For example, Disney understands the customer base for Marvel products. They started small by casting Robert Downey Jr. in the titular Iron Man role. Downey Jr. had a reputation for being a superb actor, but also for many personal failings. Iron Man was a popular niche comic book character that mirrored Downey’s foibles. It was a risk, but one that fell in line with the branding Marvel sought to attach to their name.
It’s a similar formula in music. Though major labels seek to sing myriad artists across numerous musical genres, smaller independent labels often curate a sound and image to attract a particular audience share that may be neglected by larger conglomerates.
Founded in 1986, Sub Pop Records existed as a means to explore the evolving music scene in Seattle and the Pacific Northwest. As much of it exploded into grunge and alternative music in the early part of the decade, Sub Pop was at the forefront of that success thanks to early investments in bands such as Nirvana and Soundgarden.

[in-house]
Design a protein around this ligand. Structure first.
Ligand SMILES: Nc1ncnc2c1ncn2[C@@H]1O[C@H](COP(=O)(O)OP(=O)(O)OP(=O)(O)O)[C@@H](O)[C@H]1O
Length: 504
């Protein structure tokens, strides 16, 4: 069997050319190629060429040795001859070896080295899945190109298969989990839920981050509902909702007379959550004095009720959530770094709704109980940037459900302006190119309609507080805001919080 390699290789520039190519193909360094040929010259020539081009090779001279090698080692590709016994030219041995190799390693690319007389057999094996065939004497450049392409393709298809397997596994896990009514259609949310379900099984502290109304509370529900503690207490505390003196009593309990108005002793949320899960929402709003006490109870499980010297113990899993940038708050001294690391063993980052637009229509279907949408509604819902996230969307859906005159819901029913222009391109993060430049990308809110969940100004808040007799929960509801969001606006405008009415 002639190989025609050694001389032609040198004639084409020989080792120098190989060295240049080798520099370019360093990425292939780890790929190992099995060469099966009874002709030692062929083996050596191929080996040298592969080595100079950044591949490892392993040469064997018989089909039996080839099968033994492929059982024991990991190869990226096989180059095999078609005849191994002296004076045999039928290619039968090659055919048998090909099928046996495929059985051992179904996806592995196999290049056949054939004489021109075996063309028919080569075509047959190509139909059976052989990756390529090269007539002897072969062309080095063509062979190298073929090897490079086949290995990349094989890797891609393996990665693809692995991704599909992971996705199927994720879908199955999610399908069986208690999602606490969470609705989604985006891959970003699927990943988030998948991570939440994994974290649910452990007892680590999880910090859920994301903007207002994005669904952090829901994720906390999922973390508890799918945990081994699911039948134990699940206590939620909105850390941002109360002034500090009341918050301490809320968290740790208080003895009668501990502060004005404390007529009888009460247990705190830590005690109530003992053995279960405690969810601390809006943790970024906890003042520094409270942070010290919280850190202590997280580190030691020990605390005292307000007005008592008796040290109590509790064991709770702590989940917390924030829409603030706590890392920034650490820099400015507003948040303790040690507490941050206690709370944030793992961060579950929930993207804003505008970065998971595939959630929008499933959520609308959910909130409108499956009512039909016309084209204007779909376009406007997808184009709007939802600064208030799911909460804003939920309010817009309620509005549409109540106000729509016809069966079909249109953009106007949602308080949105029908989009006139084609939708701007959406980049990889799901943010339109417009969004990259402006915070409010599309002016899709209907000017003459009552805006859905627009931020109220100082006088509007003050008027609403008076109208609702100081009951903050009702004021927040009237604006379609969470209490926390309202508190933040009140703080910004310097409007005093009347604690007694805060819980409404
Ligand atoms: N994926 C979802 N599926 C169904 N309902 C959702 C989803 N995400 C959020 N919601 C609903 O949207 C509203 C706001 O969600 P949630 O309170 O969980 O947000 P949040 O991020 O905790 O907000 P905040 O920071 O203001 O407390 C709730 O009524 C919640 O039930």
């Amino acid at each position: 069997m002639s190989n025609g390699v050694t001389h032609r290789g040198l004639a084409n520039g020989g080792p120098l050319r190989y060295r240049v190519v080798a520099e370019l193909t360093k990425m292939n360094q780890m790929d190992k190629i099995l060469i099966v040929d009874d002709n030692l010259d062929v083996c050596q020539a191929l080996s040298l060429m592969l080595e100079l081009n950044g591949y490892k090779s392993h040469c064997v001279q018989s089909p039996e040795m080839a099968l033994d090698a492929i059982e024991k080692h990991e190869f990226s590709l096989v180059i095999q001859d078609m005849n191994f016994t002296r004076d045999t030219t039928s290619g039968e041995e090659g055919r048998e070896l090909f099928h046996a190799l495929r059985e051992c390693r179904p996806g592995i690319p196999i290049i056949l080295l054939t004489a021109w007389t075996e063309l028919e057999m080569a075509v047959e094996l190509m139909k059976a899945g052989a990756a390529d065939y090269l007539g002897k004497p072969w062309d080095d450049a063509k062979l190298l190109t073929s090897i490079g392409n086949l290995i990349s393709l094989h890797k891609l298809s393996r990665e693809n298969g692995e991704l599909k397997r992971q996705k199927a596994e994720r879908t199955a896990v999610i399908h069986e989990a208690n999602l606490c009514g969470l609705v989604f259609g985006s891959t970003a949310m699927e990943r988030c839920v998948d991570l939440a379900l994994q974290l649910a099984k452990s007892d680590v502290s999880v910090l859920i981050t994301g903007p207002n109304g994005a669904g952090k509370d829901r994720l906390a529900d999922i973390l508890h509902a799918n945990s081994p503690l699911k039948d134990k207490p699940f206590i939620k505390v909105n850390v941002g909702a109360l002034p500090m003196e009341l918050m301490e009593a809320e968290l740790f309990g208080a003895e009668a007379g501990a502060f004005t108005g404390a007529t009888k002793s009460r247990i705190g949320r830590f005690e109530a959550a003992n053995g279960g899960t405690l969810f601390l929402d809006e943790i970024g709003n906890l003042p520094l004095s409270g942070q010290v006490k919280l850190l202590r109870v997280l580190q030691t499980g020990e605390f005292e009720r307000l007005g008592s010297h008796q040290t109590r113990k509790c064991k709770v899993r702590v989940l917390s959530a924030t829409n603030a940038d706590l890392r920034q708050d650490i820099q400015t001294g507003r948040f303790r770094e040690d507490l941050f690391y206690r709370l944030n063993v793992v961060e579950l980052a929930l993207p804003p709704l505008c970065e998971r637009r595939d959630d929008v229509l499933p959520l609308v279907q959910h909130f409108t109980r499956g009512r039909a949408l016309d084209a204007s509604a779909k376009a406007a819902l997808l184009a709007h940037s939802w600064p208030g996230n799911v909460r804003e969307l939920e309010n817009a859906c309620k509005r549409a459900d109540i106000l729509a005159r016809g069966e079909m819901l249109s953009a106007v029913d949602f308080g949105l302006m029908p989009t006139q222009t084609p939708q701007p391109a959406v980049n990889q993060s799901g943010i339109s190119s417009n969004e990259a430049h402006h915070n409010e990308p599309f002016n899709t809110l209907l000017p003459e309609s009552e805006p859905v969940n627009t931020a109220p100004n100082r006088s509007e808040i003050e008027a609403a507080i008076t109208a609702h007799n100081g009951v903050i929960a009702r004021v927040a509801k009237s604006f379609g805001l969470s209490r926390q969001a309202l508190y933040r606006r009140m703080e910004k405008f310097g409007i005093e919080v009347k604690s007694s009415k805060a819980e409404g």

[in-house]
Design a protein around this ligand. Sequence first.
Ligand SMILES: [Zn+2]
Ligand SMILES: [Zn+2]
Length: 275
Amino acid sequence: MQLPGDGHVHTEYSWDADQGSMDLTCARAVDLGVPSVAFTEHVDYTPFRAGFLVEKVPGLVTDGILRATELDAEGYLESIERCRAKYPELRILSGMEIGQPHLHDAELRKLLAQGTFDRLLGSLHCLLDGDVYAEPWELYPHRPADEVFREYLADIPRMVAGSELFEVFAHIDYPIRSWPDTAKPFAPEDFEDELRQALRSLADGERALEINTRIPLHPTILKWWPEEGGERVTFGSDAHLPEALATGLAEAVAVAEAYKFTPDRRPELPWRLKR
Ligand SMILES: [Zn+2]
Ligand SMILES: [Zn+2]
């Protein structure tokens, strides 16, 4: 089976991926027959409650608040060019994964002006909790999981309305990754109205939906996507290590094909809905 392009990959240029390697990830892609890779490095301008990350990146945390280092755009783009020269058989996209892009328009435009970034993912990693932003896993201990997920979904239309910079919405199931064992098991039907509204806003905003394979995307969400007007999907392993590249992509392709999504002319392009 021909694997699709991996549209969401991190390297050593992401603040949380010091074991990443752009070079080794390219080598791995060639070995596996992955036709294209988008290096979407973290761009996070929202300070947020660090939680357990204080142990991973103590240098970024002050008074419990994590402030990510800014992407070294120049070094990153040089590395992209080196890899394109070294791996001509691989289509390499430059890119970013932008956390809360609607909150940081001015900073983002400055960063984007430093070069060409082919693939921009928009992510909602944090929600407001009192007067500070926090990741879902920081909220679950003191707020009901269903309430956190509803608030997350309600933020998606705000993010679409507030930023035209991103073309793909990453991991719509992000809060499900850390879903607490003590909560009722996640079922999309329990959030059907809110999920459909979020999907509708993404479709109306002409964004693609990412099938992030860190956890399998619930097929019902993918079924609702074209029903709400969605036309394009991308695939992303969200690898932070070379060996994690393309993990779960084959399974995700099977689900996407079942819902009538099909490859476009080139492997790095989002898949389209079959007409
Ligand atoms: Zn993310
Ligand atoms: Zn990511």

In other words, they understood the value of their own community and the branding associated with connecting and fostering it.
The entertainment industry is often accused of lacking original ideas, but it’s hard to argue against the popularity of sequels and reboots. Ours is a world filled with a handful of Supermans, Batmans, and a spree of cheaply made, and yet high grossing, horror films.
The world of young adult novels finds countless hits in trilogies obsessed with teenagers fighting against a dystopic future where adults have taken away decisions and resources, squashing freedom of choice in favor of myopic control. The Harry Potter series has spawned countless copycats and websites filled with devout fan fiction. When an audience finds a world or subject matter that it enjoys, it wants to live in it as long as possible.